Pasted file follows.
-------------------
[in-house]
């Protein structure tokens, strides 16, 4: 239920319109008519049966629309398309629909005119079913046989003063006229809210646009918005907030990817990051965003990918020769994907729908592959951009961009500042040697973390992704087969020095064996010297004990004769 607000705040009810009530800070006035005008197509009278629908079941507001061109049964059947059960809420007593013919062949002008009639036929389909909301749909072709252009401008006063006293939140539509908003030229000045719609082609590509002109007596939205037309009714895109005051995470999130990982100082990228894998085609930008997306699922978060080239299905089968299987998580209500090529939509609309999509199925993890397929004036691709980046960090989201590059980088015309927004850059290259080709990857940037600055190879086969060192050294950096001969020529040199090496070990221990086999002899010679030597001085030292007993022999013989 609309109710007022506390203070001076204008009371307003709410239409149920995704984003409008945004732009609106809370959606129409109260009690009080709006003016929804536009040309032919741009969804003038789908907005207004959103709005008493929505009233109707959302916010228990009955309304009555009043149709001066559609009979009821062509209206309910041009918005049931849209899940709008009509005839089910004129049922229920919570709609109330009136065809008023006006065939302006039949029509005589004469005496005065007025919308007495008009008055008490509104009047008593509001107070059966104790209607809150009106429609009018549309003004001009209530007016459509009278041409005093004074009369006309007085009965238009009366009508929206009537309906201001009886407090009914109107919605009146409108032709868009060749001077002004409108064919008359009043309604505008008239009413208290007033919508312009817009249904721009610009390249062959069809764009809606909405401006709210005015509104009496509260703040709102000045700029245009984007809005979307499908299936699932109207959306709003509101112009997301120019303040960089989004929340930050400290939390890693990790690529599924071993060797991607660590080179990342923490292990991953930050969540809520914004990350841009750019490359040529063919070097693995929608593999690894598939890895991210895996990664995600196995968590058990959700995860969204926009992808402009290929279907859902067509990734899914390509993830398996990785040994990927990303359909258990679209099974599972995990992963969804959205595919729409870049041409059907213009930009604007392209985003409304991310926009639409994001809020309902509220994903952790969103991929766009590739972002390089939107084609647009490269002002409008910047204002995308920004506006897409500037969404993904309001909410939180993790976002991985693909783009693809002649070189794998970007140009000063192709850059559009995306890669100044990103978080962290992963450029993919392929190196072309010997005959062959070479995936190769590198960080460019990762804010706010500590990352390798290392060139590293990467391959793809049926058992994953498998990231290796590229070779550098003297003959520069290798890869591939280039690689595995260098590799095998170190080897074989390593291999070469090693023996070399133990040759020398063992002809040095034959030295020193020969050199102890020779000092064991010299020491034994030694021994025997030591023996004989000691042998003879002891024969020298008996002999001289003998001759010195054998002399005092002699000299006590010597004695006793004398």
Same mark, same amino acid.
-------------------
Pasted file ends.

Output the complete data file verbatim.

[in-house]
């Protein structure tokens, strides 16, 4: 239920319109008519049966629309398309629909005119079913046989003063006229809210646009918005907030990817990051965003990918020769994907729908592959951009961009500042040697973390992704087969020095064996010297004990004769 607000705040009810009530800070006035005008197509009278629908079941507001061109049964059947059960809420007593013919062949002008009639036929389909909301749909072709252009401008006063006293939140539509908003030229000045719609082609590509002109007596939205037309009714895109005051995470999130990982100082990228894998085609930008997306699922978060080239299905089968299987998580209500090529939509609309999509199925993890397929004036691709980046960090989201590059980088015309927004850059290259080709990857940037600055190879086969060192050294950096001969020529040199090496070990221990086999002899010679030597001085030292007993022999013989 609309109710007022506390203070001076204008009371307003709410239409149920995704984003409008945004732009609106809370959606129409109260009690009080709006003016929804536009040309032919741009969804003038789908907005207004959103709005008493929505009233109707959302916010228990009955309304009555009043149709001066559609009979009821062509209206309910041009918005049931849209899940709008009509005839089910004129049922229920919570709609109330009136065809008023006006065939302006039949029509005589004469005496005065007025919308007495008009008055008490509104009047008593509001107070059966104790209607809150009106429609009018549309003004001009209530007016459509009278041409005093004074009369006309007085009965238009009366009508929206009537309906201001009886407090009914109107919605009146409108032709868009060749001077002004409108064919008359009043309604505008008239009413208290007033919508312009817009249904721009610009390249062959069809764009809606909405401006709210005015509104009496509260703040709102000045700029245009984007809005979307499908299936699932109207959306709003509101112009997301120019303040960089989004929340930050400290939390890693990790690529599924071993060797991607660590080179990342923490292990991953930050969540809520914004990350841009750019490359040529063919070097693995929608593999690894598939890895991210895996990664995600196995968590058990959700995860969204926009992808402009290929279907859902067509990734899914390509993830398996990785040994990927990303359909258990679209099974599972995990992963969804959205595919729409870049041409059907213009930009604007392209985003409304991310926009639409994001809020309902509220994903952790969103991929766009590739972002390089939107084609647009490269002002409008910047204002995308920004506006897409500037969404993904309001909410939180993790976002991985693909783009693809002649070189794998970007140009000063192709850059559009995306890669100044990103978080962290992963450029993919392929190196072309010997005959062959070479995936190769590198960080460019990762804010706010500590990352390798290392060139590293990467391959793809049926058992994953498998990231290796590229070779550098003297003959520069290798890869591939280039690689595995260098590799095998170190080897074989390593291999070469090693023996070399133990040759020398063992002809040095034959030295020193020969050199102890020779000092064991010299020491034994030694021994025997030591023996004989000691042998003879002891024969020298008996002999001289003998001759010195054998002399005092002699000299006590010597004695006793004398």
Same mark, same amino acid.